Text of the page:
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Log Entry

Penguin Restoration - Fail

Last week, my memory was jogged about a boat restoration project I attempted fifteen years ago. The project involved restoring a wooden Penguin that I bought from a local who happens to be a boat broker. He who shall remain unnamed assured me that the boat was in a condition to get ready to sail with some cosmetic work.

I digress to the reason it came up this past Wednesday. I serve on the Annapolis Yacht Club History and Artifacts Committee. We had our monthly meeting via Zoom and during the call, the topic of finding an old Penguin to cut in half and mount on a wall in the Spa Creek Galley Club dining room came up. The facility is new and still in the process of getting dressed up with relevant yachting memorabilia. Penguins were used back in the day as the primary boat of the Junior Fleet.

The conversation harkened me back to my project, which I believed to be relatively straightforward because the boat was said to be primarily sound. I began by painting the sides (my favorite color at the time, Chesapeake Green, which is no longer available), the bottom, and varnishing the transom. I'd spent a couple of weekends sanding, painting, and varnishing until the boat looked pretty good. For those who know me... I was doing my usual obsessive thing working so hard to get it perfect - the definition of which is "excellent or complete beyond practical or theoretical improvement / make flawless or faultless.

Next, I flipped the boat over to clean up the centerboard trunk - (the picture is an example I found on the web, not the actual boat I was working on). I found a little surface rot around the base and started digging it out. Well, I kept digging and digging until the bottom of the centerboard trunk was no more. There was no solid wood left to support the centerboard while in its proper position. I gave it a few moments of thought to rebuild it with fiberglass. Then I hastily decided, no, I was not going to spend more good money and time going after bad. There was no shortage of "I love yachting" expressions spoken at a fairly loud volume.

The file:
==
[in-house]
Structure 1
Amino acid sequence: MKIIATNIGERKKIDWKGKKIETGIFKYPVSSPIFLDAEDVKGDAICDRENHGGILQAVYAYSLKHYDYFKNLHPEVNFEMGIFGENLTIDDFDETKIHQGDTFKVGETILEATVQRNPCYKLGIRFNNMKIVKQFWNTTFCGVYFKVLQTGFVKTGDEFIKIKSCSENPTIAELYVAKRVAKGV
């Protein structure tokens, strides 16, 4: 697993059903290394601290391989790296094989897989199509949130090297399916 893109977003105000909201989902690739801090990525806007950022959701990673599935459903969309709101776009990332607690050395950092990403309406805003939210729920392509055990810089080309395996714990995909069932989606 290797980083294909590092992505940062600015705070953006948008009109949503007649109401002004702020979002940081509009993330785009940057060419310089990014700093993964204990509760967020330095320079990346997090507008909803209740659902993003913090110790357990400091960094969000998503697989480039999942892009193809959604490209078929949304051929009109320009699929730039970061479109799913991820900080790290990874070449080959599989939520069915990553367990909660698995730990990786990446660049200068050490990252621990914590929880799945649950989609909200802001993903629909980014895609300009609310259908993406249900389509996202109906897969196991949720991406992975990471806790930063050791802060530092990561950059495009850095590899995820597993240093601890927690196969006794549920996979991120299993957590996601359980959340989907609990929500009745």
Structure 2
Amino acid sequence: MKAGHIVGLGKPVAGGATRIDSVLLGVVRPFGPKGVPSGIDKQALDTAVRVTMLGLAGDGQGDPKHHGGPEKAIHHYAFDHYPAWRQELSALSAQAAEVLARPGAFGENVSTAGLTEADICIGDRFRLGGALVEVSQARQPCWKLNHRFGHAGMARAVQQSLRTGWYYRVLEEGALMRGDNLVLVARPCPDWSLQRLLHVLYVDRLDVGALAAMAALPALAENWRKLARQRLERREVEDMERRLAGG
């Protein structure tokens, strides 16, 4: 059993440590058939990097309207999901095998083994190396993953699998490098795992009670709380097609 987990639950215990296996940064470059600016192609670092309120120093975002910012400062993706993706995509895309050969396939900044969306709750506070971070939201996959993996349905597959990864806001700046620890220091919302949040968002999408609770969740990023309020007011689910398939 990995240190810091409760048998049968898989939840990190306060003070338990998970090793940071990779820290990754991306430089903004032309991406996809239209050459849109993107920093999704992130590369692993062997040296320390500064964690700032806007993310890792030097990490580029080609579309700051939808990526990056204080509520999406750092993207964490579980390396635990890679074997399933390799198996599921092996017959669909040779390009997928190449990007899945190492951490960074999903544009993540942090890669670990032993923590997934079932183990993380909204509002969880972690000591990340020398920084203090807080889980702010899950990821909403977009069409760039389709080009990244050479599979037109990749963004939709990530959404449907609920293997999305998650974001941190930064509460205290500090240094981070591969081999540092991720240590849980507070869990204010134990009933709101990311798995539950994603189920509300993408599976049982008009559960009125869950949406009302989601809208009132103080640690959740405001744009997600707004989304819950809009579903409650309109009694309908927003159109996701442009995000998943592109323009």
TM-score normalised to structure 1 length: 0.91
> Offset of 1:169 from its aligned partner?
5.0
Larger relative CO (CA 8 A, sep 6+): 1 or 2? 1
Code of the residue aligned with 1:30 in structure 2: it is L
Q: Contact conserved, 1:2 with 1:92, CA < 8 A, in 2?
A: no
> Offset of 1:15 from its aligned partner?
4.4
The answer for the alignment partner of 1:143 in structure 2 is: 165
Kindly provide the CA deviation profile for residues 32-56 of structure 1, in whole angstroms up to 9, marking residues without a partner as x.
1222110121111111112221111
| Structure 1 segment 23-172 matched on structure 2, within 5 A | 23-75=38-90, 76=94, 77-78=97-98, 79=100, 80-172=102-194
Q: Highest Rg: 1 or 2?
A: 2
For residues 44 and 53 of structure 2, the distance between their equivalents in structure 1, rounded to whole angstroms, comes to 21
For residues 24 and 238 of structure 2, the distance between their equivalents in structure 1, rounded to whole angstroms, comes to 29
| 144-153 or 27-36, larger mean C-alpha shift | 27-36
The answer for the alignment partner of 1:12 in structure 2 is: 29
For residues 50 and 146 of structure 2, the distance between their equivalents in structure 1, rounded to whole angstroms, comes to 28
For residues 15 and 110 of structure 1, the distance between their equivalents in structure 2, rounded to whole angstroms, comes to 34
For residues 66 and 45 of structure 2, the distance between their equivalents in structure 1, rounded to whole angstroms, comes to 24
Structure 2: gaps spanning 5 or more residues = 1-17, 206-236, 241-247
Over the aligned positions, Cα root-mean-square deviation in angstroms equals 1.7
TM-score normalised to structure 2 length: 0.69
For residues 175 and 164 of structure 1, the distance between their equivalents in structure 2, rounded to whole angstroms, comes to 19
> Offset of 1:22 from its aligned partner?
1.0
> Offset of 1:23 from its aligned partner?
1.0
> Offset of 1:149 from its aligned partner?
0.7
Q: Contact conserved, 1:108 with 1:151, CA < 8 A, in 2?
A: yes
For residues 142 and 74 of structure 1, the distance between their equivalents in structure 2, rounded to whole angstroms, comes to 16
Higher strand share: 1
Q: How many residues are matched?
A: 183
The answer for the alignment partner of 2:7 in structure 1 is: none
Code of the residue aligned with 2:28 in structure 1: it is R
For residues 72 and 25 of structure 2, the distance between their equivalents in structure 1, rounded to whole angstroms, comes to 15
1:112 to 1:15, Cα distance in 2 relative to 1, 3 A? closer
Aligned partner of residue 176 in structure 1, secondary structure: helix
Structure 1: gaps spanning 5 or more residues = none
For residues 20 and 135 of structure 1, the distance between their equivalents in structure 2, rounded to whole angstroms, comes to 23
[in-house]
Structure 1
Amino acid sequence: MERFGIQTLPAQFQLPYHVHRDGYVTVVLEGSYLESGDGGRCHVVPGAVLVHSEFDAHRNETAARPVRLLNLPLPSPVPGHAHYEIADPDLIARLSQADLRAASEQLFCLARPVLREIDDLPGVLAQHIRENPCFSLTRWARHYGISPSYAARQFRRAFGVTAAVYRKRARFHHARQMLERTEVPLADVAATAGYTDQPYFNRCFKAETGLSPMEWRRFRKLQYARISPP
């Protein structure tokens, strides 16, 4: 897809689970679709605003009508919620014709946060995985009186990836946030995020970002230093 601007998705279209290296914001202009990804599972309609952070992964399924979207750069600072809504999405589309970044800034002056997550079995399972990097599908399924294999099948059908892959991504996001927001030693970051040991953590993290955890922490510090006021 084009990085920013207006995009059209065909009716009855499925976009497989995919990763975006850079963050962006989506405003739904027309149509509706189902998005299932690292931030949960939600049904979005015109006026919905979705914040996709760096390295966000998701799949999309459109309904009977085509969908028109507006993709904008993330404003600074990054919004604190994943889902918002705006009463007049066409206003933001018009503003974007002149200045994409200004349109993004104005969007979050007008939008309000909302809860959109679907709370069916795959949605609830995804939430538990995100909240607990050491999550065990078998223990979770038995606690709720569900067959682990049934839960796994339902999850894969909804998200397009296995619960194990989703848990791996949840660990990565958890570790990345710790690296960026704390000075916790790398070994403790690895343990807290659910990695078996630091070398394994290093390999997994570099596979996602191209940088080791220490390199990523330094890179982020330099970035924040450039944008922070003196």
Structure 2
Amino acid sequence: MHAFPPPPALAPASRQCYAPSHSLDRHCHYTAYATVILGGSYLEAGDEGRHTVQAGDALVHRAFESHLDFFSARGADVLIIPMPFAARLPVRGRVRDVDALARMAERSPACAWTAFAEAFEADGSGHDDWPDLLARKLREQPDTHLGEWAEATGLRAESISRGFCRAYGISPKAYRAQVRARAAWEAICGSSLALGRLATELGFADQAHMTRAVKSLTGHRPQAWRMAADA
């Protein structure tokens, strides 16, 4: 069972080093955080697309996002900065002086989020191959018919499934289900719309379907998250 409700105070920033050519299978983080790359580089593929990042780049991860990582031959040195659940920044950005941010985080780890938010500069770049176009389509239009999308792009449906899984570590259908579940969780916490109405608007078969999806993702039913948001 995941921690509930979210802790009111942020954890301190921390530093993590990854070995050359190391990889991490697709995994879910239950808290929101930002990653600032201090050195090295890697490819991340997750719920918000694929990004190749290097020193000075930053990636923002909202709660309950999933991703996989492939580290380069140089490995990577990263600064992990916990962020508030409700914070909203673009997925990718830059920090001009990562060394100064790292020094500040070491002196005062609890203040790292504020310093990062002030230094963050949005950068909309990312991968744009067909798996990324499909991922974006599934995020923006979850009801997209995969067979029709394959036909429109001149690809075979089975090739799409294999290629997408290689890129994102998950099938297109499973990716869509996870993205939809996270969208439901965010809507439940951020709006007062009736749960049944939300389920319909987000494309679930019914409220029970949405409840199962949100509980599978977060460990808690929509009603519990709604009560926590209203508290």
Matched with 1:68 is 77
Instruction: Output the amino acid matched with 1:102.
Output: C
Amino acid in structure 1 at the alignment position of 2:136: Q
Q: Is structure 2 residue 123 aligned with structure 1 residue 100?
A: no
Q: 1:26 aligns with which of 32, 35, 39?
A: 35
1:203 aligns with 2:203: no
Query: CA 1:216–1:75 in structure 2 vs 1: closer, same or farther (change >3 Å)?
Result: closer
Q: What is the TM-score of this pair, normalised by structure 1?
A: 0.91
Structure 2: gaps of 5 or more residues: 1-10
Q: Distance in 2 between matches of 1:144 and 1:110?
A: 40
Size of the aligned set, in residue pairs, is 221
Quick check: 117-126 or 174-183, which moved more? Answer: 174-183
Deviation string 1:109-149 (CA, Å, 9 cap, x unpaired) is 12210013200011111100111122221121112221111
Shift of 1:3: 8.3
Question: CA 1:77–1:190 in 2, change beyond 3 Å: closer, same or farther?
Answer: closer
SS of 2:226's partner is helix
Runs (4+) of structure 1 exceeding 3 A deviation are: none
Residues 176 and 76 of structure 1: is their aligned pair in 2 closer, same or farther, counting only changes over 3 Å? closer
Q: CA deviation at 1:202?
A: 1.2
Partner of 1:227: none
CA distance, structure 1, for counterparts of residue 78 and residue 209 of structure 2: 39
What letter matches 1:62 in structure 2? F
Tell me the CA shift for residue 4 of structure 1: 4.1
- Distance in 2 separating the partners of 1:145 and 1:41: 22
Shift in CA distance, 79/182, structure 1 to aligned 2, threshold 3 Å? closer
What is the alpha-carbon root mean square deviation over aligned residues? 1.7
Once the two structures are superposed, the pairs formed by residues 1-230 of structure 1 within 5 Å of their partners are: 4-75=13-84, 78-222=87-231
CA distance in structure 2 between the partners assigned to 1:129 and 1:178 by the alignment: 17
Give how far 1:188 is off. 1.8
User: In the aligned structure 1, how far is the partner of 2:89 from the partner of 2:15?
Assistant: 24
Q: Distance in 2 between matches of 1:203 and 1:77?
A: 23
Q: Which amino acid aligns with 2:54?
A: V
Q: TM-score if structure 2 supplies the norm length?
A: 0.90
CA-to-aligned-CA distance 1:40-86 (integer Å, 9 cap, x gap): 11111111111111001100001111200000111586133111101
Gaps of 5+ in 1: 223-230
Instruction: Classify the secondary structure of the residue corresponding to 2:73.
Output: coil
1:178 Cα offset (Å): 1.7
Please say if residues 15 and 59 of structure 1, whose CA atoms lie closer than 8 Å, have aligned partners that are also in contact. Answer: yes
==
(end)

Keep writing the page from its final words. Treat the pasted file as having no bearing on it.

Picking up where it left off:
The next day, a Sunday, I broke out a power saw, said my goodbyes to the old boat, and sawed it up for recycling to pick up. It took hours to do the painting and varnishing and only minutes to reduce the poor Penguin to recyclable-sized pieces. It was as sad as it was fulfilling to destroy that little dream, take that rot!

Later that day, my younger daughter, about twelve years old at the time, came home from visiting a friend and I’ll never forget the look on her face when she saw the project remains - a boat I'd promised to take her sailing on - all cut up at the end of our driveway. Poor kid thought I’d lost my mind. I may have a little but really the take-away was inspection, inspection, inspection! Even for a little dinghy.

However, it would have made a good wall hanging...

1 Comment

Jan 18, 2022

At least you got a funny story out of the deal. I find varnishing to be relaxing as well, or maybe it is just the fumes.

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